2.6 The author said that he wished to dismiss the court-appointed counsel. On 1 July 1996, the Constitutional Court informed him that it could not accede to his request but transmitted the pleas of fact to the General Council of Spanish Lawyers which, on 9 September 1996, concluded that the application for amparo that the author's court-appointed counsel had not filed was partly sustainable, since it could be admissible only with respect to the complaint of undue delay in the proceedings.
2.7 On 7 October 1996, the author was assigned another counsel, who was given 20 days to file an application for amparo. The application was filed in connection with the alleged undue delay in the proceedings and, on 5 March 1997, was rejected by the Constitutional Court, which considered that the application did not contain enough information to justify a decision.
3.1 The author complains of violations of article 14, paragraph 1, of the Covenant. He claims a violation of the principles of equality before the law and of equality of arms, arguing that, during the proceedings, "inexplicable privileges" were granted to the prosecution, such as allowing it to propose certain measures. He also claims that, since he was not allowed to dispense with a procurador and represent himself before the Constitutional Court, he was placed in a situation of inequality with respect to persons with a law degree. For the author, the provisions of article 81, paragraph 1, of the Constitutional Court Organization Act constitutes an unjustified inequality since, according to that paragraph, the services of the procurador are limited to the transmission of documents between the court and counsel.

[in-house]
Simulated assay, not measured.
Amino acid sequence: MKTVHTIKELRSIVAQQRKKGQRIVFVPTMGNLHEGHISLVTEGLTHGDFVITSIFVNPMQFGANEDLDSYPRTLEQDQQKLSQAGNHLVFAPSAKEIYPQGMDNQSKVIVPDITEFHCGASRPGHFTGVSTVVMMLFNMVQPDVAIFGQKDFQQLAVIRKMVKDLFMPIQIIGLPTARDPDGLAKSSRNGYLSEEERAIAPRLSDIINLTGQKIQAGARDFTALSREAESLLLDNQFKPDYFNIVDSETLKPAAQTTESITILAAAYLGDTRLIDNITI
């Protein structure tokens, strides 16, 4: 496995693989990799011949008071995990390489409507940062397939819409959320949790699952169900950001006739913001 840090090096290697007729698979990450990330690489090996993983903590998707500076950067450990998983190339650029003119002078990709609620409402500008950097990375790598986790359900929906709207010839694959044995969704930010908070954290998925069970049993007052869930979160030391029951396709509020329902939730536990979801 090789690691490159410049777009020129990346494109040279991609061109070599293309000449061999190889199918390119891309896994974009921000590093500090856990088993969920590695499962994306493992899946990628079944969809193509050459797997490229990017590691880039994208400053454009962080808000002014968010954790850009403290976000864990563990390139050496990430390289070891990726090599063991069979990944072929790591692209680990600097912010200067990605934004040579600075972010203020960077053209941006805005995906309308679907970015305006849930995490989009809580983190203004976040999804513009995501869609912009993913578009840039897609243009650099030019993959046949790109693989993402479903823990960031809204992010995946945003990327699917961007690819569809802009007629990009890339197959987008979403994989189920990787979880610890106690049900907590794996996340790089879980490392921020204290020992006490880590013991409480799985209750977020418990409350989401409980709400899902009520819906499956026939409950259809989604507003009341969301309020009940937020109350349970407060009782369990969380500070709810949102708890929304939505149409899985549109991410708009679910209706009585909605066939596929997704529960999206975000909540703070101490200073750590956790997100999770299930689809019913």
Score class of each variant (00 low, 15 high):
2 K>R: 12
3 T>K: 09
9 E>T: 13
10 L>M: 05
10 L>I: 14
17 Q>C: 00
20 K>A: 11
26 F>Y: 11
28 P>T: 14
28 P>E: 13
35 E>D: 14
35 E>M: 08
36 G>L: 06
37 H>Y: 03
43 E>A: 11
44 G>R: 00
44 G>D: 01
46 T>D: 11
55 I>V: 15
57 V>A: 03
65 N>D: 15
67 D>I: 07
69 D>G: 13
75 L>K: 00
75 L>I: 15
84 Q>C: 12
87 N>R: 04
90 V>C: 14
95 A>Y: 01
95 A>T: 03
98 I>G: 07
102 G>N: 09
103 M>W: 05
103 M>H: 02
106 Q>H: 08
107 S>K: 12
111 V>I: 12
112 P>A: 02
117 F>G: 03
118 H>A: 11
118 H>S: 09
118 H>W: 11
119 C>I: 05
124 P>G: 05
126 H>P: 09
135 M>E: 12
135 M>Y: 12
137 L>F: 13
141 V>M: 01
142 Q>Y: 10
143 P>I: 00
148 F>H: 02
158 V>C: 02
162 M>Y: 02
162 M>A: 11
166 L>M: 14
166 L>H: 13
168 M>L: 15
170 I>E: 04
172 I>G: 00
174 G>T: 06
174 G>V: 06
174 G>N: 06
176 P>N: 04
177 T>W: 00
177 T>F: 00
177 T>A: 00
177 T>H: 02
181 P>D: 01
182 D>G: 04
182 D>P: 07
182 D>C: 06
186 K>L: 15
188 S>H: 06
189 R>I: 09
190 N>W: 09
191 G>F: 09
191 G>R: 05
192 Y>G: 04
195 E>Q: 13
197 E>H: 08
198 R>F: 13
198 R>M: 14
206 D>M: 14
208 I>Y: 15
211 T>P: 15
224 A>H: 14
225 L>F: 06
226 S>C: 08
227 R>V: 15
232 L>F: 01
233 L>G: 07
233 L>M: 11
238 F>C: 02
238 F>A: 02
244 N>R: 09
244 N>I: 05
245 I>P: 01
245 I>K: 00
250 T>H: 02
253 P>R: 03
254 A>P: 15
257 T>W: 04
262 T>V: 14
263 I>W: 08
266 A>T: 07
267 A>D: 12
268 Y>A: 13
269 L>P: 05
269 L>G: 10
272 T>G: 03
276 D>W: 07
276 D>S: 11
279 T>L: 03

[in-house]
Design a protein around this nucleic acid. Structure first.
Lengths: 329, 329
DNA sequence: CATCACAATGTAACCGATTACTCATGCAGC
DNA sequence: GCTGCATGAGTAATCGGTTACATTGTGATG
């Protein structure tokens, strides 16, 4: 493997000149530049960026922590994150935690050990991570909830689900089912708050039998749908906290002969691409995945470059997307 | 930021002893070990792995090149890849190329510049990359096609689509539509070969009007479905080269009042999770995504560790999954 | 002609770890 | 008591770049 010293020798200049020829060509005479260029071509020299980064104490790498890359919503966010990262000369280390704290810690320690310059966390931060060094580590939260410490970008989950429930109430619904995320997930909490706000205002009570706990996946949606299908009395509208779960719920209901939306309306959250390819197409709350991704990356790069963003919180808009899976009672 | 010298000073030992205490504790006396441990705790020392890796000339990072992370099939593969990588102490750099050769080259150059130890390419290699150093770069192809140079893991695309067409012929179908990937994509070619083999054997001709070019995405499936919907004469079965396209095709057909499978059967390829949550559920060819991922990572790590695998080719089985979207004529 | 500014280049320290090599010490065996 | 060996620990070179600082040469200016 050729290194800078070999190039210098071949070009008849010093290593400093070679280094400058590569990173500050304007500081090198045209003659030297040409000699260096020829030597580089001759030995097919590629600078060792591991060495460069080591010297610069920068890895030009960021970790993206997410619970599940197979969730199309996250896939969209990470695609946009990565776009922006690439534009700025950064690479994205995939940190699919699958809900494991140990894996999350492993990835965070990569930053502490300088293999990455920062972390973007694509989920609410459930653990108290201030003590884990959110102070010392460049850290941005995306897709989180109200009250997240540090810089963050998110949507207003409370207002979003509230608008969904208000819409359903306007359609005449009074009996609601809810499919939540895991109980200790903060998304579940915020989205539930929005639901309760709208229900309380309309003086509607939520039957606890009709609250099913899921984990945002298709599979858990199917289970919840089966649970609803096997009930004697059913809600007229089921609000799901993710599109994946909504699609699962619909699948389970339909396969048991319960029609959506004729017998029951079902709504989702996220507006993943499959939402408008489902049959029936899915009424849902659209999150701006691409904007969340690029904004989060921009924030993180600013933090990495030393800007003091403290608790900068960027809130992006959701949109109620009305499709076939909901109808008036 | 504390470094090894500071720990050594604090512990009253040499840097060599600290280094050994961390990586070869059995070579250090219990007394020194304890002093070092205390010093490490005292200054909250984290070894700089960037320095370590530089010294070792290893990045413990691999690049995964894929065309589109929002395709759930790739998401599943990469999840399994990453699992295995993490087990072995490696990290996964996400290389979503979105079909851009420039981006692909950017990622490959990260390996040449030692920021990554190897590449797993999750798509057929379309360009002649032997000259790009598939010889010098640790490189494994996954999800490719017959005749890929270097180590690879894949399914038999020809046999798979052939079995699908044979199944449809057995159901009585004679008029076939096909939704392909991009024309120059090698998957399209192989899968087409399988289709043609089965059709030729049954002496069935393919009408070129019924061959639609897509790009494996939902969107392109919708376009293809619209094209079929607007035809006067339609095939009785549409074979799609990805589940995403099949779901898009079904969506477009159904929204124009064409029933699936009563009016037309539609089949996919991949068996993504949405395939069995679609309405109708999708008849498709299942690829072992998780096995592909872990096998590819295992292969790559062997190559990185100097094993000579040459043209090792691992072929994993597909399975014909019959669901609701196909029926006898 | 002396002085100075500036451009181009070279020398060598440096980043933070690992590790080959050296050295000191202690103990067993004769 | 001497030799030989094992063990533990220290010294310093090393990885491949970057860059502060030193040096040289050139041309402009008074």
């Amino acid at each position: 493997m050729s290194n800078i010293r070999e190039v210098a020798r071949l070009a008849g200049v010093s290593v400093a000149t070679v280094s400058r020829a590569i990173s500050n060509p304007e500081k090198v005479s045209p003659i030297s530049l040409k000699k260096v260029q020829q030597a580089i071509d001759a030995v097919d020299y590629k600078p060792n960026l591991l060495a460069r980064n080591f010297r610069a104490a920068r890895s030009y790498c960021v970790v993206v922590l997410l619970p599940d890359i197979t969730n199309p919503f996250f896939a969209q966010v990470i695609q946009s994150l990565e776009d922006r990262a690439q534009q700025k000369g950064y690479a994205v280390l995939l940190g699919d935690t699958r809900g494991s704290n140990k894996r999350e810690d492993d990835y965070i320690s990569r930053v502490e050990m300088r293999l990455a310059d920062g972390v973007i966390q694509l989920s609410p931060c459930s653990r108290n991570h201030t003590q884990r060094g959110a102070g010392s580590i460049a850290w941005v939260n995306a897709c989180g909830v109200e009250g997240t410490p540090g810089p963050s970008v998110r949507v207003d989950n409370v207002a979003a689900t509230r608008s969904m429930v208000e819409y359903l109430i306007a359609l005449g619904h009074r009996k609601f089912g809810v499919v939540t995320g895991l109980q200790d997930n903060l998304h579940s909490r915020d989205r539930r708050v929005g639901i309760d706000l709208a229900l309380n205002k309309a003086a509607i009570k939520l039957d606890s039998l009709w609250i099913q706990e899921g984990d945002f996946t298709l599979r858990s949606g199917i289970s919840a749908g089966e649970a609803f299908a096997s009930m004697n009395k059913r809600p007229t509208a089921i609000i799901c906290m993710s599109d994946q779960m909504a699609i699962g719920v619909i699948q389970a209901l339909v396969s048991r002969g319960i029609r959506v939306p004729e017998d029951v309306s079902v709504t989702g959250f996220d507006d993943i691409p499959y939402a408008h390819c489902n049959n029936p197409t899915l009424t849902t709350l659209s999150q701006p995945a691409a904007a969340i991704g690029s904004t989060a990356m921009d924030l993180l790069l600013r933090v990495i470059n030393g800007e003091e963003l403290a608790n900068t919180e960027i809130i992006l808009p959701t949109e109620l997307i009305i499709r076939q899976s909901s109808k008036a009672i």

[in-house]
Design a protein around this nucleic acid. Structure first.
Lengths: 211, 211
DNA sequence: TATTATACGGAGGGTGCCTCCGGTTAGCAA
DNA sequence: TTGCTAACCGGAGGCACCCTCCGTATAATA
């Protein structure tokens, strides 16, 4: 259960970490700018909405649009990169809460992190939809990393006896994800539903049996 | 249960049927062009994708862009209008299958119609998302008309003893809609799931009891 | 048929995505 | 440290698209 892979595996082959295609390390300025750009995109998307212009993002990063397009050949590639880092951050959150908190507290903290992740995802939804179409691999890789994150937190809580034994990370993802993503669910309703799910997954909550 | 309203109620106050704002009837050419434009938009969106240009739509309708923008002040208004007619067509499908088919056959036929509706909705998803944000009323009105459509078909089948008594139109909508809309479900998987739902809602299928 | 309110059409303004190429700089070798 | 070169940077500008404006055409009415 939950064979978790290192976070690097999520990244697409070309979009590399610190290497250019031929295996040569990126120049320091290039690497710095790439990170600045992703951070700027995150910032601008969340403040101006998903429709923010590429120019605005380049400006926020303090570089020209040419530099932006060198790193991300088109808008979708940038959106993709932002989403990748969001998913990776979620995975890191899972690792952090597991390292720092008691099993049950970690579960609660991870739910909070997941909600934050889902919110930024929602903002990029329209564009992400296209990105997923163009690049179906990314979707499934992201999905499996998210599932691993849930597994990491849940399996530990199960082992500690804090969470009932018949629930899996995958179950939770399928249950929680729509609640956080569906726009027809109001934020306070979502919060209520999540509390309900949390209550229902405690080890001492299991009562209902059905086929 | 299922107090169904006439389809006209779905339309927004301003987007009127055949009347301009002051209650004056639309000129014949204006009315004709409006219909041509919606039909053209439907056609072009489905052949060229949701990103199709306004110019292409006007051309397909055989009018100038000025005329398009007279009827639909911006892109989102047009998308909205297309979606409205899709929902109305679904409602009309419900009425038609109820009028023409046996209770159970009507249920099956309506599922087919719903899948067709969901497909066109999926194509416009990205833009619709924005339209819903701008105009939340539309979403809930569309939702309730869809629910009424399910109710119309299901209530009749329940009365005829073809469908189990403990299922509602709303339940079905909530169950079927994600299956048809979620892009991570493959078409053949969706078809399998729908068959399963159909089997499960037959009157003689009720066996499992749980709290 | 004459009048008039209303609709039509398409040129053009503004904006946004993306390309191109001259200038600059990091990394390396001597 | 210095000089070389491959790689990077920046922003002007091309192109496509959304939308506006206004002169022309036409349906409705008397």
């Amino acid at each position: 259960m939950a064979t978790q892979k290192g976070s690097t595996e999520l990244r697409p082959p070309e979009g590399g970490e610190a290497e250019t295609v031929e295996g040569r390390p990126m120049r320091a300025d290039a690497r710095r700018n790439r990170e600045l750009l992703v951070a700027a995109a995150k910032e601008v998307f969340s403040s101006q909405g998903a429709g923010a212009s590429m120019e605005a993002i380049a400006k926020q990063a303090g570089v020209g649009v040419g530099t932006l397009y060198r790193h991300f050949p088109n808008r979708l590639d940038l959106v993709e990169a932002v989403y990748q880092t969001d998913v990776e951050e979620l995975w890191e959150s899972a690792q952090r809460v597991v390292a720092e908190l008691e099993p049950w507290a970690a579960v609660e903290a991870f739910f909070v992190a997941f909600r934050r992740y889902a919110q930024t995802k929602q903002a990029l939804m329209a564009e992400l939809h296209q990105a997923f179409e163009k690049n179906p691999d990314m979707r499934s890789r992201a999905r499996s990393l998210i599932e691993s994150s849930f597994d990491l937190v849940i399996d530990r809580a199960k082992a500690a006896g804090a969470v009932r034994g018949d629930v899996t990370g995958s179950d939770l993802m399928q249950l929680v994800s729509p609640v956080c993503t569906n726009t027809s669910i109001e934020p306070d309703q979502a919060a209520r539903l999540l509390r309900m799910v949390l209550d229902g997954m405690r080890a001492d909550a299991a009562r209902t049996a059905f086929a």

3.2 The author claims that his right to a defence under article 14, paragraph 3 (b), of the Covenant was violated in that Murcia Criminal Court No. 3 did not allow his lawyer to question him properly, claiming that the interrogation was being conducted in a tendentious manner. The court also did not allow his lawyer to have one of the witnesses re-enact the incident, evidence that was of fundamental importance to his defence since, according to the author, it would have made it possible to prove that he had struck the [policeman in the] eye by accident.
3.3 The author maintains that article 14, paragraph 3 (c), of the Covenant was violated since, owing to the lapse of almost five years between the incident, which occurred on 21 September 1990, and the hearing, which was held on 14 June 1995, his right to a speedy trial without undue delay was violated since, according to him, the relative straightforwardness of the case did not justify such a long delay.
3.4 The author claims a violation of article 14, paragraph 3 (d), of the Covenant, which guarantees the right to assigned legal assistance. He maintains that the lawyer assigned to him did not comply with her duty to defend him effectively before the Constitutional Court. The author states that, by refusing to file the relevant remedy, the lawyer prejudged his case.
3.5 The author claims a violation of article 17 of the Covenant, since the law provides that the freely chosen lawyer has the obligation to waive his fees when acting together with a court-appointed procurador. According to the author, this constitutes arbitrary interference in the private relationship between the lawyer and his client.
The State party's observations on admissibility and the merits